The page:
It’s a “new” app with a name people can’t seem to pronounce. Tapingo was released on Main Campus recently, and some students still aren’t sure what exactly it is, or how to say it correctly.
Tapingo, pronounced “tuh-PING-go,” allows individuals to look at menus for all Sodexo locations on campus and make orders right from their phones. The app, which is based out of California, was first released in 2012.
Richard Green, one of Sodexo’s general managers at Temple, said he had been talking to Tapingo about a partnership for about a year. The app has already been implemented on campuses like High Point University in North Carolina and the University of Central Florida.
“It’s a great way to beat lines,” Green said. “If you’re walking out of class and you know that you’re headed this way but you don’t want to wait in line, just put your order in and it’s ready when you get here.”
The goal of the app is to reduce lines and make buying food on Main Campus a lot simpler.
In addition to the current pick-up option, delivery will be available soon.
“They will start working on the delivery options which will start probably in the beginning of October,” Green said.
Tapingo is currently available at all “restaurant-style” Sodexo-run locations on campus including the Student Center Food Court, Cosi in Pearson-McGonigle Hall and Starbucks at the Tech Center.
“[The only delivery location] we don’t have is Stella’s Scoops, because you can’t really deliver ice cream,” Green said.
He added Tapingo will soon be reaching out to restaurant locations that are close to campus to give students more options.
Tapingo allows students to connect their OWLcards to the app, meaning they can use Diamond Dollars and meal swipes to purchase food.
“[This feature] is one of those great things that separates Tapingo from some of the other services out there,” Green said.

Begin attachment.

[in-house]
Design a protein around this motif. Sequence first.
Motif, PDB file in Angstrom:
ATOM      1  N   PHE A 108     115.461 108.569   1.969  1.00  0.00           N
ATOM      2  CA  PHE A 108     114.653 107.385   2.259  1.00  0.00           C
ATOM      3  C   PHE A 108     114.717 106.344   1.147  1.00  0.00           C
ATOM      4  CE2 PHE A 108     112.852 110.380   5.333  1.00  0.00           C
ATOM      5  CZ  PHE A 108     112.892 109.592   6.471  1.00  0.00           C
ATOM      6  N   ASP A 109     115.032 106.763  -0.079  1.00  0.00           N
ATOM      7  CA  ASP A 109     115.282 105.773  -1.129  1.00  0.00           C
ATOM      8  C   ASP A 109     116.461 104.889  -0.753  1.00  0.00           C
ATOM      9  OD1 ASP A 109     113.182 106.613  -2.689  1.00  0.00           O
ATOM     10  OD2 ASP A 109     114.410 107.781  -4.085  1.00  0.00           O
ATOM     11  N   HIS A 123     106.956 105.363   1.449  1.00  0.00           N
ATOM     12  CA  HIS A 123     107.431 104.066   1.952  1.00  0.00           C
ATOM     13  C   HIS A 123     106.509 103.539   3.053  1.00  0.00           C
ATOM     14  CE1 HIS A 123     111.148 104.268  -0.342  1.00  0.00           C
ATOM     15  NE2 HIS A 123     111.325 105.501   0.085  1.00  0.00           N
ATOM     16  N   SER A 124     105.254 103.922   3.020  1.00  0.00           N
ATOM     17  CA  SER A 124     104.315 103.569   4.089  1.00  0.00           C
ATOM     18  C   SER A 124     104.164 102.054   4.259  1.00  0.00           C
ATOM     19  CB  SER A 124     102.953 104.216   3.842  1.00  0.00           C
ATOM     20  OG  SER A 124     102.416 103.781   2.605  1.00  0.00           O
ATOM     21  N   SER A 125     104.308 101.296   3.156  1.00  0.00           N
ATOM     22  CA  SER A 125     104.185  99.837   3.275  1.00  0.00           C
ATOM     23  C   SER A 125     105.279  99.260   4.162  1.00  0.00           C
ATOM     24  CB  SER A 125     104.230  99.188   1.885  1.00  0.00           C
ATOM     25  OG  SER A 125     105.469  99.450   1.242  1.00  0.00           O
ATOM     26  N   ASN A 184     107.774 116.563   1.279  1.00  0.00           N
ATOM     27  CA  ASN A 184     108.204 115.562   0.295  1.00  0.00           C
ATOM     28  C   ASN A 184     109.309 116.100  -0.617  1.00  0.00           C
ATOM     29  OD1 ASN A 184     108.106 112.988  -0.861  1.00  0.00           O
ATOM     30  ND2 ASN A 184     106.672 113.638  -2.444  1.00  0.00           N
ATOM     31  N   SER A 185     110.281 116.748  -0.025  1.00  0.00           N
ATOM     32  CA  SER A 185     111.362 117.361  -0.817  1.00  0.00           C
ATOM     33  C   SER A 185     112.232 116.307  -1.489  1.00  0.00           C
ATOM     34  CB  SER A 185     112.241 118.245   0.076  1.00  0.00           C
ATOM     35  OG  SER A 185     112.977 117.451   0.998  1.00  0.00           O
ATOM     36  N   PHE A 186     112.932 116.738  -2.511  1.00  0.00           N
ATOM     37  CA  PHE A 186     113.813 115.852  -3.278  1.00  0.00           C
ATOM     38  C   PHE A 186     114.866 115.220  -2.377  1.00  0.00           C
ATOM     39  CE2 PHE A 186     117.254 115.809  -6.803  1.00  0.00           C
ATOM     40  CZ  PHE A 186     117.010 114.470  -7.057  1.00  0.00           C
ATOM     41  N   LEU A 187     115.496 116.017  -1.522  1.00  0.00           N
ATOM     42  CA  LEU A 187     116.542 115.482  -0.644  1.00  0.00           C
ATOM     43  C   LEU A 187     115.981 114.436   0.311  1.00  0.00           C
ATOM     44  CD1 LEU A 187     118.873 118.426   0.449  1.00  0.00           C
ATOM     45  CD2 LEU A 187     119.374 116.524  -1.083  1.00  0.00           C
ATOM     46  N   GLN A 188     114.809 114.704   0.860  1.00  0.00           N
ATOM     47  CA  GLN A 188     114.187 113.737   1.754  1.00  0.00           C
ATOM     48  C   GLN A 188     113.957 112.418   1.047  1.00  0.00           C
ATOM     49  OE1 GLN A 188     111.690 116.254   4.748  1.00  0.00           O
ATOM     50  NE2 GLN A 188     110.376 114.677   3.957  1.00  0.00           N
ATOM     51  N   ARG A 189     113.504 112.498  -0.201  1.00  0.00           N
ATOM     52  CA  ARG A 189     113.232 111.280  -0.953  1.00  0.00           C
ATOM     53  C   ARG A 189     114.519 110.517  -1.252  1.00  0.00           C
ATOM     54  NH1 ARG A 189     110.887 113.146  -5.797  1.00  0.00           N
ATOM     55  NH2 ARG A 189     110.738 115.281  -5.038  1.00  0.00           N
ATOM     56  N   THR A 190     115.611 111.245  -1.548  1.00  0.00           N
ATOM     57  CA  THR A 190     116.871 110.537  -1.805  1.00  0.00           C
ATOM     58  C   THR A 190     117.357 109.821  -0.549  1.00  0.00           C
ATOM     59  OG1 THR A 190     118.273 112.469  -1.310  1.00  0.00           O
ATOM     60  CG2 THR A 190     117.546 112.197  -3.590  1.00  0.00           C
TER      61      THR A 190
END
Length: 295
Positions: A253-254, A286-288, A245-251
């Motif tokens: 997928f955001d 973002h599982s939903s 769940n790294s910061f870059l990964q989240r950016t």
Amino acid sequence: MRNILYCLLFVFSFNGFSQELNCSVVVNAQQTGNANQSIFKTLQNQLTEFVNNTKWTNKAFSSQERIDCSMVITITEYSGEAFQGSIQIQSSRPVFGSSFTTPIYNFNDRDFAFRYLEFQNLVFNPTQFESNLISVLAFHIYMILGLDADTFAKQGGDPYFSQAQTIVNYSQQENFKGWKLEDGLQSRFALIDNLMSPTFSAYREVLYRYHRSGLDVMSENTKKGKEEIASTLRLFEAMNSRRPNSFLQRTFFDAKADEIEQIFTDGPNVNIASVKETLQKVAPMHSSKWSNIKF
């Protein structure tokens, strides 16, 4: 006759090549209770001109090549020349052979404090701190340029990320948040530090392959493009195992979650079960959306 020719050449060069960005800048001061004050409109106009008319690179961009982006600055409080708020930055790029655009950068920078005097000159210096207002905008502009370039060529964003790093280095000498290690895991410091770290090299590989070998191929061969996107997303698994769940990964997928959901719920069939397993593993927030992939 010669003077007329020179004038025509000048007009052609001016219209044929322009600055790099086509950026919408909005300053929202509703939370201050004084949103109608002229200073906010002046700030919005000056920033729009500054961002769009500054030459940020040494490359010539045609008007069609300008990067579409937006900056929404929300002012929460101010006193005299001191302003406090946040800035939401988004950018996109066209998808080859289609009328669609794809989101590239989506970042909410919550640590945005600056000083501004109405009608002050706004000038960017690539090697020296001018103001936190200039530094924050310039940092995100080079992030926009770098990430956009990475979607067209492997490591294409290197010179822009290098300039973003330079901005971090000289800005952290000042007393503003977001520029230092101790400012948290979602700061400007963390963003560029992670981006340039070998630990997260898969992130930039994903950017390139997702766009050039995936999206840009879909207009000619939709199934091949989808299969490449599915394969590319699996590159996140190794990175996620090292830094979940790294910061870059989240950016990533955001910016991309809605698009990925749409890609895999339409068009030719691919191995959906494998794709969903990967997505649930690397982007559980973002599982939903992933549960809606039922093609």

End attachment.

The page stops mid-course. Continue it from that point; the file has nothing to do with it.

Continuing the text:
Not only are meal plans accepted at most Sodexo locations, but students can also customize orders with Tapingo.
Since the app’s release on Main Campus, 1,609 people have already registered and more than 100 new people register each day, Green added later in an email. An average 315 orders are made daily, and numbers are increasing. Currently, the most popular locations on-campus using the app are Starbucks, Southside Diner in Morgan, and Cosi.
“I really like how quick the whole process is,” said Kayzad Jokhi, a freshman finance major. “I’m able to use my meal swipes without having to wait in a long line. On my way back from class, I like to order and pick up food from the Morgan downstairs food court.”
Tapingo will not be available on the Ambler Campus. The app’s services will not be released in Ambler due to a lack of significant interest in that campus’ food services, Green said.
Green said he believes the introduction of Tapingo to Temple’s campus will help Sodexo renew its contract next month with the university.
“Anytime you can push the customer service satisfaction scores up, which I think Tapingo will do, is something that will help us to maintain our contract here,” Green said. “It’s something we worked on prior to the big ‘coming up.’ That’s not the only reason we did it but it will definitely help.”
“I probably won’t use the app since I don’t mind waiting in line or using technology,” said Abby Moore, a freshman early childhood education major.
Kimberly Burton can be reached at firstname.lastname@example.org.